Jay Allen Sanford 10 a.m., April 19
The great Nina Simone backed into her storied career as "The High Priestess of Soul" and the "Voice of the Movement." As a child, she dreamed of becoming the world's first black classical pianist. Events, like the KKK bombing of an Alabama church and the murder of African-American leaders, politicized her - she would be "nonviolent no more" - and her music (including the explosive "Mississippi Goddamn," which was banned throughout the South). Calvin Manson, who has staged tributes to Billie, Ella, and others, created a show with four women representing Simone (an irony: she wrote a song about "Four Women," each a black stereotype; whereas Manson's quartet defies stereotyping). The evening includes favorites: "I Loves You, Porgy," "Don't Let Me Be Misunderstood," and the anthem of the Movement, "To Be Young, Gifted, and Black," sung with flair by Janice Edwards and with grace and subtlety by Ayanna Hobson (Sarah Roy and Nicole Bradley also make solid contributions, as do four young dancers and pianist Anthon Smith, who gives songs classy Julliard licks). The show needs tightening, especially Act 2, which packs too many numbers and at times becomes too subdued. Overall, the world premiere's a fitting showcase for the woman who became "every woman I could." Dinner-theater packages are available.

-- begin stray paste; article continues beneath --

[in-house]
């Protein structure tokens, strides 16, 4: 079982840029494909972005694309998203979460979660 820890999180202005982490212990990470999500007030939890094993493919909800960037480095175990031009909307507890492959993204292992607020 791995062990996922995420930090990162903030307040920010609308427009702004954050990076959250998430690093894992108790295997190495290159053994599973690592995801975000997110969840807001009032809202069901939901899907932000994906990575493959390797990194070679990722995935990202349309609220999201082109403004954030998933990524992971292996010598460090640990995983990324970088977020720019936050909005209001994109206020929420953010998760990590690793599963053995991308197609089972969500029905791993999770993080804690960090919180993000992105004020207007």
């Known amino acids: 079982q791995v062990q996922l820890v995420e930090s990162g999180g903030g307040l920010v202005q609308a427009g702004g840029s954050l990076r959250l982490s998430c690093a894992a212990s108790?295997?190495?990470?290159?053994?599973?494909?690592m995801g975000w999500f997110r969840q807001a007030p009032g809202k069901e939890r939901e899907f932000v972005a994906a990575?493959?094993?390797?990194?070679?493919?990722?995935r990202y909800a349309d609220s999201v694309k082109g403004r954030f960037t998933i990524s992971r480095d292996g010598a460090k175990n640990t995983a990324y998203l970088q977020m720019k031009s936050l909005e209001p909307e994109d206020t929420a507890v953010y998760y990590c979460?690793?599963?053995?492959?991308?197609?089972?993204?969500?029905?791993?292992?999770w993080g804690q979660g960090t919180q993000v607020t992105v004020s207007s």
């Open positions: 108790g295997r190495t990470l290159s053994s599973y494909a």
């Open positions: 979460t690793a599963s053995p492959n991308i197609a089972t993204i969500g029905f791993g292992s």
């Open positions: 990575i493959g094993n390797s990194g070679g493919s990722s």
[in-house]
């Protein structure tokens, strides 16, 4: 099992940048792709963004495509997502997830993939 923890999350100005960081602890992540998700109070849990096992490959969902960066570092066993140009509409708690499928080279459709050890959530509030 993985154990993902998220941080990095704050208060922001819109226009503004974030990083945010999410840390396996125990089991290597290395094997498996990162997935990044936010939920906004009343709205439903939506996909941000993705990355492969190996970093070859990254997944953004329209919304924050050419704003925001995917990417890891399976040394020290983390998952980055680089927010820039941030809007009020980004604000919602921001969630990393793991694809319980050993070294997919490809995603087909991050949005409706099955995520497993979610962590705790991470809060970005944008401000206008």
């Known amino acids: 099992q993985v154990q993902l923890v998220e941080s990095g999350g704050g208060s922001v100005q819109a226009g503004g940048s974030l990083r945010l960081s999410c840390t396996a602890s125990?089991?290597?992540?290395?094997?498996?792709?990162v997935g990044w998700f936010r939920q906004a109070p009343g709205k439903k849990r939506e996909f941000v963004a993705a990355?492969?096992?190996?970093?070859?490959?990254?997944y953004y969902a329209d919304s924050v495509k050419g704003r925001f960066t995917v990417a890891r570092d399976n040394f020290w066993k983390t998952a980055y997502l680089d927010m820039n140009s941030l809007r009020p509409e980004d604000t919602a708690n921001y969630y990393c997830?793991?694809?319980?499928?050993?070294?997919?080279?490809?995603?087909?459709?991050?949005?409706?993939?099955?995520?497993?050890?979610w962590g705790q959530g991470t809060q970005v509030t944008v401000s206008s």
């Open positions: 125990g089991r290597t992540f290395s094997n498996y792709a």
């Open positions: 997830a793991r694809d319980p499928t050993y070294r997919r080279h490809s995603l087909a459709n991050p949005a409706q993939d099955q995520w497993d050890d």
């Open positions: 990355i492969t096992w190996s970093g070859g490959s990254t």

Worth a Try.
When: Ongoing until Sunday, May 23, 2010
- Sundays, 4pm
- Fridays, 8pm
- Saturdays, 8pm